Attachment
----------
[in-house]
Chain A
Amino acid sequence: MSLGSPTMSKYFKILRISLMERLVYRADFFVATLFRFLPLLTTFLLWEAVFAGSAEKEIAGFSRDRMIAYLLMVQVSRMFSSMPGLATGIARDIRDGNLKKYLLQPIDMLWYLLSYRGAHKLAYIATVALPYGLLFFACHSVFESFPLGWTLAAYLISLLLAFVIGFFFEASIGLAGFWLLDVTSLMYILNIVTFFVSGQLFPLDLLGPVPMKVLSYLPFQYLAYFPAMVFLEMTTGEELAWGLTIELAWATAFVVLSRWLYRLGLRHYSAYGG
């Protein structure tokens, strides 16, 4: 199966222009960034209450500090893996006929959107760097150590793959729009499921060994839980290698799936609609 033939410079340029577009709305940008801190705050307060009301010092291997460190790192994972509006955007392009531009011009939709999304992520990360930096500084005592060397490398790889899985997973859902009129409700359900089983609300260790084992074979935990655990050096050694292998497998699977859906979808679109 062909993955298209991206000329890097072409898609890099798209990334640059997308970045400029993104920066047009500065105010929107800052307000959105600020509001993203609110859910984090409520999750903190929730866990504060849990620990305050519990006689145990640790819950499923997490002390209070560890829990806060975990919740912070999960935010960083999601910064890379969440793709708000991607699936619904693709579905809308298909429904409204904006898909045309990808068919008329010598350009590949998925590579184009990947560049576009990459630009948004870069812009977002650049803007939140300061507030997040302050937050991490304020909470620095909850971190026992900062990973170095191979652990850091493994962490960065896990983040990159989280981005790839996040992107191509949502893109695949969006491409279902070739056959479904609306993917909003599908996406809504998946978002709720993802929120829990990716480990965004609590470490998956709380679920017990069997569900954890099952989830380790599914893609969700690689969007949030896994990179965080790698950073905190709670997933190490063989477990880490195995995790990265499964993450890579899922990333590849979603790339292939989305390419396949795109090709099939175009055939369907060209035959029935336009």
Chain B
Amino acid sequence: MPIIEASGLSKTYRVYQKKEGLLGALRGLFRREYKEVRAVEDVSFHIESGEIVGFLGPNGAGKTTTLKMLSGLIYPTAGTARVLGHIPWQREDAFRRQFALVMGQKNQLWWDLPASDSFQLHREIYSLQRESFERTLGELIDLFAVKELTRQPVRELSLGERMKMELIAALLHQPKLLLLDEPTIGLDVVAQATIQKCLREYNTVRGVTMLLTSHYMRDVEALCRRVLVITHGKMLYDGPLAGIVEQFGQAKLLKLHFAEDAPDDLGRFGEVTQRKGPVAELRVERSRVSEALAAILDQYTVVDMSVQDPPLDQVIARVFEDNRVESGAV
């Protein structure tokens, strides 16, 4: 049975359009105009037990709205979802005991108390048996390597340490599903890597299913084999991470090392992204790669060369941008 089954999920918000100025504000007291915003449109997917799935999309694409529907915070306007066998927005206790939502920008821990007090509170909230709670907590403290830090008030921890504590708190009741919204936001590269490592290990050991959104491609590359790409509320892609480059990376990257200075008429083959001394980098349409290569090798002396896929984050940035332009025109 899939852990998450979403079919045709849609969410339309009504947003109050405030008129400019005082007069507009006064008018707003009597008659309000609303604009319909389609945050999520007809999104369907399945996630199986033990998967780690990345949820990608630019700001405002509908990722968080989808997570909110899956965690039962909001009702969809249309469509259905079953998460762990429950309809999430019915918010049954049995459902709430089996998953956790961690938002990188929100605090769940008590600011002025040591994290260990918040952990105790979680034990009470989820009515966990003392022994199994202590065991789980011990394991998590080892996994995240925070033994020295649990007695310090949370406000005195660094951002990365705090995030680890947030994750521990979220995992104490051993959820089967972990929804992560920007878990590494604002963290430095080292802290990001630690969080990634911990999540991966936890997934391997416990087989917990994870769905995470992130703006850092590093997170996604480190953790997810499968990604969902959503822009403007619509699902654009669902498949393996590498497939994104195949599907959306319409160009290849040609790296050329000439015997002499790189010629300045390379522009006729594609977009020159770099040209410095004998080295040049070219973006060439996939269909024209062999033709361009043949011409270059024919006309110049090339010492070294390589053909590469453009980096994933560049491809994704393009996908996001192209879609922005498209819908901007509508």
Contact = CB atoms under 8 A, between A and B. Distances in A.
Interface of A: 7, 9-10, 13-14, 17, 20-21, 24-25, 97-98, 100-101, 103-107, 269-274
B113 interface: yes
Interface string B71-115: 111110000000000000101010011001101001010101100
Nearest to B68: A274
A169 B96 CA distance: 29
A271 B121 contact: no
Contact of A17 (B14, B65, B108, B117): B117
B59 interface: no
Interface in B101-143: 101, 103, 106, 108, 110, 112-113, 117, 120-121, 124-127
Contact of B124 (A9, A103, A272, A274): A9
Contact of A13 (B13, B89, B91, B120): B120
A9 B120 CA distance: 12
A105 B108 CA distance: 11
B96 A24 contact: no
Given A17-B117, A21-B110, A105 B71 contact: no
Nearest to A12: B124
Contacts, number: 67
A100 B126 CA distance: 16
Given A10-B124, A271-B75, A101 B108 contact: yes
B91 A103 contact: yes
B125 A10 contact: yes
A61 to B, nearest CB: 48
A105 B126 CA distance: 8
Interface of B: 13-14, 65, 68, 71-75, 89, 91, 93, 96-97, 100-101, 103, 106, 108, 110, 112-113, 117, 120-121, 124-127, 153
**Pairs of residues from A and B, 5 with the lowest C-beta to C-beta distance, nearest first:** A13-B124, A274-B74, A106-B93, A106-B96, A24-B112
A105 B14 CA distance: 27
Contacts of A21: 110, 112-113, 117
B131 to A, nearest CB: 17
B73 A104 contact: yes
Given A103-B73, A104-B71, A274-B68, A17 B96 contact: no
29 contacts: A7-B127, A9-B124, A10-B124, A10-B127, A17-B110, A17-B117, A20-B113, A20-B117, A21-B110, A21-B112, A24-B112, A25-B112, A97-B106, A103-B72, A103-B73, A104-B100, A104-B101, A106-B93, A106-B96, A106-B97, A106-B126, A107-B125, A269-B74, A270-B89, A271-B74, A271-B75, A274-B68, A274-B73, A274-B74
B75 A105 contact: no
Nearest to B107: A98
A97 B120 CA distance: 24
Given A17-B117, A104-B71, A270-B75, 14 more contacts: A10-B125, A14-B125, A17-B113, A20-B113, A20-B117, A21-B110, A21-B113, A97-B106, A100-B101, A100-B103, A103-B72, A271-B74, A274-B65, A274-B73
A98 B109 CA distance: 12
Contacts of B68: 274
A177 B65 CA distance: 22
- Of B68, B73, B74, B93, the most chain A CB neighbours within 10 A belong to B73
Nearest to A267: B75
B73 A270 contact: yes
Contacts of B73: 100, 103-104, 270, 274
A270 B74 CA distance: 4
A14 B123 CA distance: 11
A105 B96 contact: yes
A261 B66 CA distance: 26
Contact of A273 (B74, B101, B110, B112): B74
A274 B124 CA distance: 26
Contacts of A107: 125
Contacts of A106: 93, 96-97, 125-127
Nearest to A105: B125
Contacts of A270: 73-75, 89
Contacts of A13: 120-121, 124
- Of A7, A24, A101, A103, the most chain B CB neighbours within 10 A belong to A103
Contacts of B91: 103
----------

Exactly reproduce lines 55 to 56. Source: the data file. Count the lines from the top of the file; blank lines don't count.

Contact of A273 (B74, B101, B110, B112): B74
A274 B124 CA distance: 26